CHUCK: I want to ask a question as a community organizer, I guess, or maintainer or administrator. We have a community for this show. I have a few other communities that I’m either involved in or help administer. And it’s really hard to be the guy that comes in and says, “Look. We’ve had the discussion. You’re not changing. You’re not fixing it. And so, you have to go.” How do you handle that? How do you handle asking somebody to leave? Eventually you just wind up banning them.
CHUCK: But is there a good way to do it?
PIETER: So, this is why I do it publicly. This is why I do it publicly.
PIETER: So, I’ve done this a few times now. And basically, I realize the guy’s going to be banned anyway, right? He’s obviously not adapted his behavior and he starts to blame other people and try to say, “This is your fault. Your rules are rubbish,” and so on. And we let this happen until it’s really, really visible. And then I hold a trial basically by email list. And I make my accusations with some references. And then I ask for comments and I say, “Okay, let the person who’s being accused come forward.” And he will and he will not apologize and he will not say, “I’m sorry.” He will start blaming other people. Then I will ban him. And [inaudible]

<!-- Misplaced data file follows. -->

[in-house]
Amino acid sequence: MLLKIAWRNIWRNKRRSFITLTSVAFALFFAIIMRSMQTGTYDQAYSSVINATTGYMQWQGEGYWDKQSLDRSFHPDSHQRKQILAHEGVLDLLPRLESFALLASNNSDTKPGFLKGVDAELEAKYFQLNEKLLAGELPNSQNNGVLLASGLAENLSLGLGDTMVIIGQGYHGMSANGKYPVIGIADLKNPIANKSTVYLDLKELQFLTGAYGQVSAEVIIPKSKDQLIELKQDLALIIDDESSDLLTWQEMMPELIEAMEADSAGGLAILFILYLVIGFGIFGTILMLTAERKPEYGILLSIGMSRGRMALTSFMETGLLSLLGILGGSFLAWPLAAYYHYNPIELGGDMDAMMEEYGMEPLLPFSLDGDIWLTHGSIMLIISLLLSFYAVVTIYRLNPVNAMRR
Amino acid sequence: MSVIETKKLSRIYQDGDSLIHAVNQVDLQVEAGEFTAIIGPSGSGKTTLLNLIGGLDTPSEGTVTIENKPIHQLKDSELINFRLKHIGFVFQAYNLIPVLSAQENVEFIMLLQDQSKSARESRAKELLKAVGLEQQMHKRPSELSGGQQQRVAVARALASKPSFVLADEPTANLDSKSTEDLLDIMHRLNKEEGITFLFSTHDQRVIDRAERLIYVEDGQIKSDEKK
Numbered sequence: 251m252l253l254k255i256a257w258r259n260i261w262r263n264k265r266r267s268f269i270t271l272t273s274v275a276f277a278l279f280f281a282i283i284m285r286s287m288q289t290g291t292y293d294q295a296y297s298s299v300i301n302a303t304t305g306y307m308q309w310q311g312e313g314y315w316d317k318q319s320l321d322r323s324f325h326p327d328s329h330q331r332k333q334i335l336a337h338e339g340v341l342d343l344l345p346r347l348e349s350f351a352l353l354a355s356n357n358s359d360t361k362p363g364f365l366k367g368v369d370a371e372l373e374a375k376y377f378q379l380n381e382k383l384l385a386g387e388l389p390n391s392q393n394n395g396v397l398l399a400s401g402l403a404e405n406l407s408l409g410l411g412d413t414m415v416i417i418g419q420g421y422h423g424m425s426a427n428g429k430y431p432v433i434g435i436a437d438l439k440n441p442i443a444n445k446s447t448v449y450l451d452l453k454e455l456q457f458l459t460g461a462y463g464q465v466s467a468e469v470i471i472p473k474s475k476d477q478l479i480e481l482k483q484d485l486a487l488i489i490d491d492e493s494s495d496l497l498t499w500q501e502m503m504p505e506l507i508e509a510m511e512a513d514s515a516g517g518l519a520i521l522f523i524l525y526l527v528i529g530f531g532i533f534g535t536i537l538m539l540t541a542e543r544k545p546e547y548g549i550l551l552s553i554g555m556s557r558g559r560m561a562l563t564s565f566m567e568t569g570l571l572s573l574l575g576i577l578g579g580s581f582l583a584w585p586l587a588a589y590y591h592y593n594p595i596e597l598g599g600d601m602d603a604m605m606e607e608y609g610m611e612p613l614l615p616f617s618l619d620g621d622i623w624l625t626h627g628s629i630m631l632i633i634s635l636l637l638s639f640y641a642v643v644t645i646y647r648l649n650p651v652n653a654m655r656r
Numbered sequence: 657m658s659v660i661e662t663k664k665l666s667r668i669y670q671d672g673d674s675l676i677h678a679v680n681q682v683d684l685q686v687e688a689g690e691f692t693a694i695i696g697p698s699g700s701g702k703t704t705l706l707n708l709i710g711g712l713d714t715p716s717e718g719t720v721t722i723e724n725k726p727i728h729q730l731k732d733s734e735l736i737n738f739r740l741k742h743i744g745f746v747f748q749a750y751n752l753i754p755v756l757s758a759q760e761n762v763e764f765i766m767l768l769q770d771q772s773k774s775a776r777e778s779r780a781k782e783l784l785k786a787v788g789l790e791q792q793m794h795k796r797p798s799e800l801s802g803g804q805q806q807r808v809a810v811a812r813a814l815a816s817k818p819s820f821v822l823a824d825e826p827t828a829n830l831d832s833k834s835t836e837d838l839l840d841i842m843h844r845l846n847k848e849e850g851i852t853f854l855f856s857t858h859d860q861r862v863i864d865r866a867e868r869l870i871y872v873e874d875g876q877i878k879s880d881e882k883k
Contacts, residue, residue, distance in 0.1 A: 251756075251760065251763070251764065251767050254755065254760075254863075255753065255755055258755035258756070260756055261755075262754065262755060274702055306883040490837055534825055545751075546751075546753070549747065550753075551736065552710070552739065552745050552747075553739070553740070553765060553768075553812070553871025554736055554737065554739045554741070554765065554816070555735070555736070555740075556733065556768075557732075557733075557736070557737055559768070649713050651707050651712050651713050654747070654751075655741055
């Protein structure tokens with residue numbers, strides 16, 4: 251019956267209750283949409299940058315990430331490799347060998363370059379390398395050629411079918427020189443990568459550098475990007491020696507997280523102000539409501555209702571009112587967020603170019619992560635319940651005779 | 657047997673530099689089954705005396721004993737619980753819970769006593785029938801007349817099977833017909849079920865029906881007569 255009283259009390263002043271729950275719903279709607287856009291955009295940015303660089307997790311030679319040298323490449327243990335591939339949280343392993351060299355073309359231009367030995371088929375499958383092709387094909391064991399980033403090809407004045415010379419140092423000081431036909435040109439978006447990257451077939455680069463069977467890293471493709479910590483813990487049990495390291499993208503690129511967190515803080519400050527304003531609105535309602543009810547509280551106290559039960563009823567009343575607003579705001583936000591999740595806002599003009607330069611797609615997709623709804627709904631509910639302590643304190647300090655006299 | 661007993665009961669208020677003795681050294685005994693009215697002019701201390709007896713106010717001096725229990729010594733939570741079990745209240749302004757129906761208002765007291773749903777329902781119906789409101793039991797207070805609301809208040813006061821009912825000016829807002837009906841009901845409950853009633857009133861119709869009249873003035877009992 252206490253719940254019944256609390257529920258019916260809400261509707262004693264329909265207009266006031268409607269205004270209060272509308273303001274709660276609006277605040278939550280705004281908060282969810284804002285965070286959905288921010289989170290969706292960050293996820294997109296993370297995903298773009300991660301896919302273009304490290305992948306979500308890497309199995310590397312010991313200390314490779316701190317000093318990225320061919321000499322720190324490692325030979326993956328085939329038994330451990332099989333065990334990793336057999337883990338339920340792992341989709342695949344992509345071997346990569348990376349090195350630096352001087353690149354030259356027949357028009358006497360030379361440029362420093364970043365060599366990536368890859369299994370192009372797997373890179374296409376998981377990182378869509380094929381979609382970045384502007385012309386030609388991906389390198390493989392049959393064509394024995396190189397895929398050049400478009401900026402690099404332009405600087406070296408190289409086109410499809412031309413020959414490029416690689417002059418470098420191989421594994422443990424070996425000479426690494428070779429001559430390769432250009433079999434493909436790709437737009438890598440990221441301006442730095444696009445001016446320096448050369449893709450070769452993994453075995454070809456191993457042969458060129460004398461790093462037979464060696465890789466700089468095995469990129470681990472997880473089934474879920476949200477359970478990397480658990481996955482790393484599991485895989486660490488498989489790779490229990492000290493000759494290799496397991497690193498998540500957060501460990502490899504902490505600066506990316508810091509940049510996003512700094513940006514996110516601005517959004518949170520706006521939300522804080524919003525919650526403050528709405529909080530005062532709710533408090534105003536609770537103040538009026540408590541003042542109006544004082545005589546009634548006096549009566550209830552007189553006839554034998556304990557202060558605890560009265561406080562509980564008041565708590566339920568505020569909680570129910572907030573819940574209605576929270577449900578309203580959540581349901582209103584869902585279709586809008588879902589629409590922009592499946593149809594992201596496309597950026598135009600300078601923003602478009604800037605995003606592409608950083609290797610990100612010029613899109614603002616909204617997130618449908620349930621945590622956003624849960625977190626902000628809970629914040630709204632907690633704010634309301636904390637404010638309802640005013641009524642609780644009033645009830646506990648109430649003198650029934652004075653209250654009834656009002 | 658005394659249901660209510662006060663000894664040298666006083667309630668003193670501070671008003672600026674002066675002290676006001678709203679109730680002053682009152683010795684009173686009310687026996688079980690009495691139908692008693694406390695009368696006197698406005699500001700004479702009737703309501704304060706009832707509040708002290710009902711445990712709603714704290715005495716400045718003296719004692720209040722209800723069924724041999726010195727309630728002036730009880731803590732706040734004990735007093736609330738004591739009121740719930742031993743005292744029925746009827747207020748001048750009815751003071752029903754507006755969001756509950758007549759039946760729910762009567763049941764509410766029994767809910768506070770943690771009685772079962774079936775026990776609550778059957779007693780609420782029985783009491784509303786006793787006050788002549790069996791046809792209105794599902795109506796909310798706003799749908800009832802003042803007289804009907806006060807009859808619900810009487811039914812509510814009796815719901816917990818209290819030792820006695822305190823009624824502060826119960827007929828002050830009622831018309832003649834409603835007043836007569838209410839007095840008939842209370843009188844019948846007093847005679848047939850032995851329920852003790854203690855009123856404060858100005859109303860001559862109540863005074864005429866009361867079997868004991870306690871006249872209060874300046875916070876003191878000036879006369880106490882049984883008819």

CHUCK: Wow. It’s like you’ve seen this movie before.
CHUCK: Because that’s almost exactly how it goes down every time.
PIETER: That’s right, every time.
JESSICA: Have you ever had the situation where the person who’s feeling hurt, who’s not having fun would be further harmed or embarrassed or traumatized by making it public by the public discussion?